Sunday, April 24, 2011
According to Hofstra law professor Richard Newmann, if you add up the costs, a law review article is expensive—as much as $100,000 at a top-flight school.
His estimate factors in the salary and benefits for a tenured professor at a high-paying school who spends between 30% and 50% of his or her time on scholarship and publishes one article per year.
It also takes into account possible research grants, which many schools offer professors to help fund their scholarly work, and the costs for research assistants.
He estimates that an article written by an assistant professor at a lower-paying lay school costs the school between $25,000 and $42,000. Professor Newmann cites research suggesting at about 43 percent of law reviews are never cited by anyone.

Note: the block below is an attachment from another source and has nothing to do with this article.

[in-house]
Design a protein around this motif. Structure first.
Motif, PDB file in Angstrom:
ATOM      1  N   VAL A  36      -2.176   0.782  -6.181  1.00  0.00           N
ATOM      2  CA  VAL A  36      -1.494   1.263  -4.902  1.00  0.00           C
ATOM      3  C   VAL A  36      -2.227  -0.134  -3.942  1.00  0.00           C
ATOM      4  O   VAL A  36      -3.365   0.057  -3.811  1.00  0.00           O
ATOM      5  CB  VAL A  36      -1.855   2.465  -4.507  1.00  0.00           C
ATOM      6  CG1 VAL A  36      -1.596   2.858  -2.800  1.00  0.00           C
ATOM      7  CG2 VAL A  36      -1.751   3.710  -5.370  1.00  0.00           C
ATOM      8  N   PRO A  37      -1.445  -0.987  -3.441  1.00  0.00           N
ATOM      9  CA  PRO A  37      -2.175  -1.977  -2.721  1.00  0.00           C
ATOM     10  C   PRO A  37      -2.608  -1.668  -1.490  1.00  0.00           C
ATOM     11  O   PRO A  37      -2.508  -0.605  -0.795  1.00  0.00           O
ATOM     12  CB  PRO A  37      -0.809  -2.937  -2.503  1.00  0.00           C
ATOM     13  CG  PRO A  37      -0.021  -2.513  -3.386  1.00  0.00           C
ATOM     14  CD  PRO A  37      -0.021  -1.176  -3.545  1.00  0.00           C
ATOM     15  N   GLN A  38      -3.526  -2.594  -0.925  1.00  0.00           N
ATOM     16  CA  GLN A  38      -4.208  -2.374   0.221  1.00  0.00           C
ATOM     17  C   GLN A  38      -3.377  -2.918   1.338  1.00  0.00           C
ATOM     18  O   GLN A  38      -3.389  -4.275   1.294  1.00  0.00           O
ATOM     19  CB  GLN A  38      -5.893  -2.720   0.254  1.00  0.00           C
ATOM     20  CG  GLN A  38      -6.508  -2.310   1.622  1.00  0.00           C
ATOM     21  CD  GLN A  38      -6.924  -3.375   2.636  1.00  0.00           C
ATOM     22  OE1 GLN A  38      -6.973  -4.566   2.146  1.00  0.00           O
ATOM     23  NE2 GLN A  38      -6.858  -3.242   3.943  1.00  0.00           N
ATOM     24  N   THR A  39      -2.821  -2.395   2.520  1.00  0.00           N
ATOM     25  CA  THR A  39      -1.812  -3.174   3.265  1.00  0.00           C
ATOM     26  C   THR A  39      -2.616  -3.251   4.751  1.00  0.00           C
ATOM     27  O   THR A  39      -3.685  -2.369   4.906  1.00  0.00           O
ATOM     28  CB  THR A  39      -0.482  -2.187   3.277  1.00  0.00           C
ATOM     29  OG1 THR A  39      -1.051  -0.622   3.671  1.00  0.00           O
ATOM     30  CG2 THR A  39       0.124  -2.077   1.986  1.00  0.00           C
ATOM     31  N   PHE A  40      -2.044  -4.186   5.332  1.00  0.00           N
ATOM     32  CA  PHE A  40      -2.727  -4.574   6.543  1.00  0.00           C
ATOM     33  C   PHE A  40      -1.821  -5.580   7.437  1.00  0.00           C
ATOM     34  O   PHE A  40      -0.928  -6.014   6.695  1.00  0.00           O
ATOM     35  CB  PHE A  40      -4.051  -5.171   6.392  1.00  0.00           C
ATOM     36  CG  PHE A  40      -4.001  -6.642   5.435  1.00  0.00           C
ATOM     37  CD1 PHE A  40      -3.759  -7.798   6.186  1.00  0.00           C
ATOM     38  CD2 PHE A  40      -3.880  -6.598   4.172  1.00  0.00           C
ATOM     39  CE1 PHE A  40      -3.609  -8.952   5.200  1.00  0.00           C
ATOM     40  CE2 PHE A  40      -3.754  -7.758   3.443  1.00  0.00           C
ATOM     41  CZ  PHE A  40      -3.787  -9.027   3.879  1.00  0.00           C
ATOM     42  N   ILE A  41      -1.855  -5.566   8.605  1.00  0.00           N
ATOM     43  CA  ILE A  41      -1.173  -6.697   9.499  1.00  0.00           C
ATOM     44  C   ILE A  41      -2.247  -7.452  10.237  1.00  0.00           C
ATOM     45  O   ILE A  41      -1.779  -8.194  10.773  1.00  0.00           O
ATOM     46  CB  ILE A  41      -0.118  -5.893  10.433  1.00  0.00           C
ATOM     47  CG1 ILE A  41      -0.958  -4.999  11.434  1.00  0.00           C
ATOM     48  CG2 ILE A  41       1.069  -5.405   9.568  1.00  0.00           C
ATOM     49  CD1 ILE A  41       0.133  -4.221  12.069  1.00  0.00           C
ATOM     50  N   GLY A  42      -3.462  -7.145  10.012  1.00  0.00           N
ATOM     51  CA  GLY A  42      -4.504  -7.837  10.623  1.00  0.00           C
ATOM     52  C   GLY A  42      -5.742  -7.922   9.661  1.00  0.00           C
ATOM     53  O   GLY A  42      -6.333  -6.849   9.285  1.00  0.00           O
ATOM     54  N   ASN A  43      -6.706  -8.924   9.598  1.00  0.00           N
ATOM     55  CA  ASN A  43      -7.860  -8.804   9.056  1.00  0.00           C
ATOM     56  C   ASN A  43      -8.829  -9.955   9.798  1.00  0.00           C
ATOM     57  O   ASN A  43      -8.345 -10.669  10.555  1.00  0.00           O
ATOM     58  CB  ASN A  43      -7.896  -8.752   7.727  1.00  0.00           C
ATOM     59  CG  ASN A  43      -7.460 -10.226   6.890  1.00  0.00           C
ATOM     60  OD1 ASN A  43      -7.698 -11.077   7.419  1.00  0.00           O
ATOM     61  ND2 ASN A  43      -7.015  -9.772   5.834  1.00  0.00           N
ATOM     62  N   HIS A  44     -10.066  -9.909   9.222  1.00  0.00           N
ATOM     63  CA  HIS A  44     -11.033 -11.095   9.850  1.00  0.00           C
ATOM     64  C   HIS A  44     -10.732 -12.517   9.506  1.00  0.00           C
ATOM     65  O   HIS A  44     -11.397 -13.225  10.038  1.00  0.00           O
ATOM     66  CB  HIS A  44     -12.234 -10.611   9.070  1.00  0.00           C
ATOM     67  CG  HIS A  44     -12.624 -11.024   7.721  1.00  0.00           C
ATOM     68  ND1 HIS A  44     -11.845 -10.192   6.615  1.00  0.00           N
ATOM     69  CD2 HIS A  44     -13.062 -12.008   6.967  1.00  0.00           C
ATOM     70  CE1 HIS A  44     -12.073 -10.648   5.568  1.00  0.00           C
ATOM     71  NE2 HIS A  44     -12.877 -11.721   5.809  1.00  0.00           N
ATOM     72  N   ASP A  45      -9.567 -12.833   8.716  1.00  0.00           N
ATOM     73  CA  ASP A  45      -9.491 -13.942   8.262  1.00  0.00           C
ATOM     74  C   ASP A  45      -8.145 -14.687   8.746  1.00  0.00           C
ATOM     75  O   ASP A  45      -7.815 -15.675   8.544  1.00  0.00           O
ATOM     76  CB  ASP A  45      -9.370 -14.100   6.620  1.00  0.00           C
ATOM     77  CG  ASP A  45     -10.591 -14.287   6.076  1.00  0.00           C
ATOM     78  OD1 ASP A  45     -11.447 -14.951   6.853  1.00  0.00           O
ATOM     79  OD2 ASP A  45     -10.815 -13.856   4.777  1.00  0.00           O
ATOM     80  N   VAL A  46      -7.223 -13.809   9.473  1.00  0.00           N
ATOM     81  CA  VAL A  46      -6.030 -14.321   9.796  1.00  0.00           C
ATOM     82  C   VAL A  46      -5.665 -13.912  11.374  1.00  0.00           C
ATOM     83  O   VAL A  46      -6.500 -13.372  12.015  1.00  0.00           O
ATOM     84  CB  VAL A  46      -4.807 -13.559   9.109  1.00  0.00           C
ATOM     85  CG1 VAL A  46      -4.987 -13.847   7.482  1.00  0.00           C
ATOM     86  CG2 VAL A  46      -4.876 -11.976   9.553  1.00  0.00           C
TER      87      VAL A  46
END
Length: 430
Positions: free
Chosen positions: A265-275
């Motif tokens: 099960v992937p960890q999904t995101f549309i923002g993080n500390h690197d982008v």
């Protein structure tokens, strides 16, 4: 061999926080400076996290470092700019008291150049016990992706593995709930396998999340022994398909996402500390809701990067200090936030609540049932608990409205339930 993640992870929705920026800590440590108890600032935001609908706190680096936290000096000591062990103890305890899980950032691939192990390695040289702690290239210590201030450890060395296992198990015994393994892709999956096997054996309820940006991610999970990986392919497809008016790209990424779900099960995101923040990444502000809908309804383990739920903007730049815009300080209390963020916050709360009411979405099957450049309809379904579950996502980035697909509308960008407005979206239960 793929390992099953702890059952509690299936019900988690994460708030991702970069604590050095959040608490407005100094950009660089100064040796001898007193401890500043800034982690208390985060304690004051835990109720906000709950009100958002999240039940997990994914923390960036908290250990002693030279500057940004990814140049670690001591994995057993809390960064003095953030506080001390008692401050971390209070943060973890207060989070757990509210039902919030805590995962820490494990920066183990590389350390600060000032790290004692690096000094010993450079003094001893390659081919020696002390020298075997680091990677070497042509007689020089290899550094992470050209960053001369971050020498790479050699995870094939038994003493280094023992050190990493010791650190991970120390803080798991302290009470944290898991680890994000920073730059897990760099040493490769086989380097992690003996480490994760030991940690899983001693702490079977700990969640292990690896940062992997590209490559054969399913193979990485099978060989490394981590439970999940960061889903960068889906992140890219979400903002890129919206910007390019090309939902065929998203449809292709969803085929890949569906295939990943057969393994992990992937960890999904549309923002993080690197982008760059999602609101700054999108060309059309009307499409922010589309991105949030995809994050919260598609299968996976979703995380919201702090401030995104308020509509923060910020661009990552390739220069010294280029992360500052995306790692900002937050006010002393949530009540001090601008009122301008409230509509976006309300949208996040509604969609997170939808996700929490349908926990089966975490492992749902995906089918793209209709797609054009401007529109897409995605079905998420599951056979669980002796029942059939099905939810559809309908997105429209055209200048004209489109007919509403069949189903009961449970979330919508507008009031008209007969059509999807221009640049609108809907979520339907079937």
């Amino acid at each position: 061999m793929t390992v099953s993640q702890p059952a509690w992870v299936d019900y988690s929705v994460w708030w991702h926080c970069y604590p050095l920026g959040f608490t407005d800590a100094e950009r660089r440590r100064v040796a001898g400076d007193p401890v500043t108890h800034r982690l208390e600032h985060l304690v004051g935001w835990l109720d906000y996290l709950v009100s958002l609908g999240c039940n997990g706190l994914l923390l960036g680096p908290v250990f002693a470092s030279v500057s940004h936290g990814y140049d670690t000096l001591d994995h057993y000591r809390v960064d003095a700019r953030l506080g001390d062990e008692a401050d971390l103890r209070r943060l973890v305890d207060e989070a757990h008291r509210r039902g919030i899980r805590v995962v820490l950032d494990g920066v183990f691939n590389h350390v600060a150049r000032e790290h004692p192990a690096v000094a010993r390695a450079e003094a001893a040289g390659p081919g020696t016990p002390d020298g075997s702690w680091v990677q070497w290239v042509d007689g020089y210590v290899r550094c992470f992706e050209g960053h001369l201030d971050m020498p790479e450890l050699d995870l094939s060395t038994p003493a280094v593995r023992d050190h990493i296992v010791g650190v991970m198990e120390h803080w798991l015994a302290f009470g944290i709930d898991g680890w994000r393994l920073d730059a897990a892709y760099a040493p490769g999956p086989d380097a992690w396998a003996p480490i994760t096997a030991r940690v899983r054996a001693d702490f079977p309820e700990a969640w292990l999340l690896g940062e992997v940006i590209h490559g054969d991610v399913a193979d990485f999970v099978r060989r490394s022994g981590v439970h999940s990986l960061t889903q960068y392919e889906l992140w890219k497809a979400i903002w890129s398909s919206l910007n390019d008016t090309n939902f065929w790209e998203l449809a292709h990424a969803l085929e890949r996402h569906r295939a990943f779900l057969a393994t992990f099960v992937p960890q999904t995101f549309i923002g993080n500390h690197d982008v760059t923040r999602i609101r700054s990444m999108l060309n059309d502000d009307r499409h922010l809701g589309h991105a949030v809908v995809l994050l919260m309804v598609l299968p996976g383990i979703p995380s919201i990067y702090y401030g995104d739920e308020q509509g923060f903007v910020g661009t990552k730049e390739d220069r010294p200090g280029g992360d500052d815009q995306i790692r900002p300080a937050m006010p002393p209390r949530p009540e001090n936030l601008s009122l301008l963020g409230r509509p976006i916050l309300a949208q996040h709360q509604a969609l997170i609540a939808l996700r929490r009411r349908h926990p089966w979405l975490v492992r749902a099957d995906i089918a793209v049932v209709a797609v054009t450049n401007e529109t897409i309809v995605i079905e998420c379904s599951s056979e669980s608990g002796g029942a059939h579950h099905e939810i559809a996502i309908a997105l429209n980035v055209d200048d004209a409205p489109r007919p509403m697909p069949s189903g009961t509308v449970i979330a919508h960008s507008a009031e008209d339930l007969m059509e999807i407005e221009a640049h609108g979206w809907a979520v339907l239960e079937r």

If there is a pendulum that swings between teaching and publishing in law schools, maybe that pendulum has swung too far in one direction. Here is the article in the National Law Journal.
(Thx to Karin Mika, Wayne Schiess, and Tax Prof blog.)